While all eyes faced west for Super Bowl 50, a high-pressure system parked itself over Levi’s Stadium and much of California, leading to a month of warm and dry weather. What El Niño? February’s weather sure wouldn’t tip you off. Nor would the California State Water Resources Control Board, who continued California’s emergency conservation mandate through October of 2016.
Those in the water community have warned of depleting reservoirs, snowpack and groundwater for years, but it was Gov. Jerry Brown’s 2015 emergency conservation mandate that brought the concern front and center. Faced with the “worst drought in over a century,” Gov. Brown deputized the Water Board to cut residential water use by 25 percent from 2013 levels, or else. Consequences were sure to follow.
And consequences we’ve seen. Yes, communities have been penalized for disregarding the governor’s call to action. Yes, there is the unnerving trend of drought shaming: from neighborhood water snitching to baseball players to “wet princes.” And yes, there are millions in lost revenue that can be attributed to conservation success.
But there have also been good things. Californians have cumulatively met the governor’s unprecedented 25 percent conservation mandate in almost every month since it was issued. Rebate participation is at an all-time high, and exhausted in many parts of the state.
Another benefit is California’s surging “water IQ.” As San Antonio, Texas conservation leader Karen Guz said, “In a lot of places people reply ‘the faucet’ when asked what provides their primary water source.”
Not so in California. At least not anymore. Thanks to exhaustive coverage, discussion and concern, Californians know that much of their freshwater comes from Sierra snowpack. Schoolchildren can tell you how many gallons are required to grow a single almond. Brown is indeed the new green.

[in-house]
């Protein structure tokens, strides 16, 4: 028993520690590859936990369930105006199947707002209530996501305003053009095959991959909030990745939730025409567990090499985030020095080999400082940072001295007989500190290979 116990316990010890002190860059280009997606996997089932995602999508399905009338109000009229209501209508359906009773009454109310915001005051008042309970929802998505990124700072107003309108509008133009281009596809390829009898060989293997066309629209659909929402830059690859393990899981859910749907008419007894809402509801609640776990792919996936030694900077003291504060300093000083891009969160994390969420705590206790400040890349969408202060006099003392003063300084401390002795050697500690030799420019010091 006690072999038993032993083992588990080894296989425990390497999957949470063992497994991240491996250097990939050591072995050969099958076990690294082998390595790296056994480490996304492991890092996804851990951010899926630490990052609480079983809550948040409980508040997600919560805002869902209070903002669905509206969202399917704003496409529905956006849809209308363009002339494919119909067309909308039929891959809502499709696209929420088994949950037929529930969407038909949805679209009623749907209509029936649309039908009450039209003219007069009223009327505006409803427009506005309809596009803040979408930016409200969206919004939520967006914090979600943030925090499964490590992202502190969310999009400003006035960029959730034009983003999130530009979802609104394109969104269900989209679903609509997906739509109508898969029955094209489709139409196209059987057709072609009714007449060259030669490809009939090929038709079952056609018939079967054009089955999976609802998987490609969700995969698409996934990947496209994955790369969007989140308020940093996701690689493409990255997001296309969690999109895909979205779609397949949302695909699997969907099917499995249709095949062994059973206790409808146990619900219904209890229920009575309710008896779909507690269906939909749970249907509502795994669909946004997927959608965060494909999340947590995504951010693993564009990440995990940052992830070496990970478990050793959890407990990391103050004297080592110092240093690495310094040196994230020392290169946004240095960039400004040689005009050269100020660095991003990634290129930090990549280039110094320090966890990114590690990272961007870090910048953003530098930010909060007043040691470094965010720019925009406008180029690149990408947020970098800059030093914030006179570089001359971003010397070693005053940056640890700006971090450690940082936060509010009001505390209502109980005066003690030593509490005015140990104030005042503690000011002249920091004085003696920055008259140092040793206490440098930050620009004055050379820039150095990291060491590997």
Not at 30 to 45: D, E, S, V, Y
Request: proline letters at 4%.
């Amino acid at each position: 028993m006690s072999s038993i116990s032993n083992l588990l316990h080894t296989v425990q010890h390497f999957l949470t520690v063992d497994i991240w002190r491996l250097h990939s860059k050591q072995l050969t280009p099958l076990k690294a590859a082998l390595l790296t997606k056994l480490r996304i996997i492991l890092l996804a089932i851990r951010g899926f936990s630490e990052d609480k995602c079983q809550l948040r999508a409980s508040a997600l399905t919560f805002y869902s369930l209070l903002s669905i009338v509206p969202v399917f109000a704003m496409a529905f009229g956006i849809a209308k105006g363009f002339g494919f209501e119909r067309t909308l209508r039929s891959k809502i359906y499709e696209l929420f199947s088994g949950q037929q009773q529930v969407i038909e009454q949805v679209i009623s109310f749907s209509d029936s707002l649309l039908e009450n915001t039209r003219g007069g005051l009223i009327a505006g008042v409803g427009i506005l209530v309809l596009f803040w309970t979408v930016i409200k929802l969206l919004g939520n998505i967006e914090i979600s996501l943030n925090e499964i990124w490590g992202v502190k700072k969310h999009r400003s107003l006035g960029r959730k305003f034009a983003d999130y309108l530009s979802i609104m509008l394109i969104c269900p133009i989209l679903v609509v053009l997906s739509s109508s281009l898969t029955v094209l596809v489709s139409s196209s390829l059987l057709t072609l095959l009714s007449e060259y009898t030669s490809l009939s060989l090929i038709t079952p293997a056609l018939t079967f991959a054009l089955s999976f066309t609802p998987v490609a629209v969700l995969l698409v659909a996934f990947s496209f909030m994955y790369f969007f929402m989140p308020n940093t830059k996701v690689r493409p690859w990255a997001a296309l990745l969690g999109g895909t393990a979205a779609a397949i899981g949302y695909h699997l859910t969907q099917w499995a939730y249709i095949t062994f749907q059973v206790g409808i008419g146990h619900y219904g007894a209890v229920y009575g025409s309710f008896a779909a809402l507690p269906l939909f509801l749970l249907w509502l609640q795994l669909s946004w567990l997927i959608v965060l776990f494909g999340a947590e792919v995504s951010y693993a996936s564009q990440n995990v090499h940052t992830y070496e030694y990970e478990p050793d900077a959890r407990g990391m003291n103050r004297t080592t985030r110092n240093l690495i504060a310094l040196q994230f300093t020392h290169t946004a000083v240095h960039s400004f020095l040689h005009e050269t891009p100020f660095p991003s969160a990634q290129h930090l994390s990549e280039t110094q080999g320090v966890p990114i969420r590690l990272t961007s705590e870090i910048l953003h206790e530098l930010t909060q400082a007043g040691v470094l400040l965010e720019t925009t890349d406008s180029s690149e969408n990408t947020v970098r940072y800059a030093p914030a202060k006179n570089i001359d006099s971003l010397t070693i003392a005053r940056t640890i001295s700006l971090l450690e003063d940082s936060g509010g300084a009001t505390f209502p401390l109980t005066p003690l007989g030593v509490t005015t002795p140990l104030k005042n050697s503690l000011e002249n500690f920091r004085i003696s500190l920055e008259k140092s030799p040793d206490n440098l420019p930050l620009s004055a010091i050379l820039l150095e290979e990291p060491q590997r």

That “water IQ” is worth celebrating. The state, private and public water utilities, utility staff, home and business owners, and yes, the governor, should be applauded for how we’ve responded to crisis. Last month the Water Board announced that average per capita water use declined to 61 gallons per day, the lowest recorded since reporting began.
But here’s the rub: the crisis isn’t over. Not by a long shot and at least three years of above-average rainfall. The emergency mandate won’t last that long but our actions and our investments will, so here are three steps that will support water efficiency for this drought and the next:
1. You can’t manage what you don’t measure
Continued reporting will benefit the state. Existing measures have led to focused workshops and allocated resources in service areas that haven’t hit their marks. Continued accounting will identify trends and areas of improvement.
2. Pick the low-hanging fruit, not the whole tree
Not all regions are created equal – rainfall, evaporation rate and population density vary throughout the state, and the Water Board has done a good job in recognizing these differences in the amended plan. The same theory applies to households – certain households have a greater opportunity to conserve than others.
In the Santa Ana Watershed, Dropcountr partnered with OmniEarth, a geospatial analysis company, to map out household efficiency profiles – that is, those homes who can conserve the most. Empowering utilities to focus on the highest and most inefficient water users can realize conservation goals and result in durable water efficient behaviors that are cost-effective.
3. Empower the people
It’s no surprise some people have found conservation to be difficult – they can access their bank account, daily steps and thermostat from the convenience of their phone, but are forced to wait until the end of the month for their paper water bill? Feedback is important when you’re encouraging new behavior and people respond when made aware of their usage. In the City of Folsom, we’ve found an additional 8 percent conservation benefit among homeowners who can access their water usage on their smartphone. Rather than drought shaming, water utilities could be drought supporting the citizens they serve.
Under pressure, California has demonstrated an ability to work hard toward a goal. Drought response to date has been remarkable, and stakeholders at every level have sacrificed to reach the governor’s conservation mandate. Lessons learned and a nexus of political and technical investments taken will help us weather this chapter of drought and the next.
The views expressed in this article belong to the author and do not necessarily reflect the editorial policy of Water Deeply.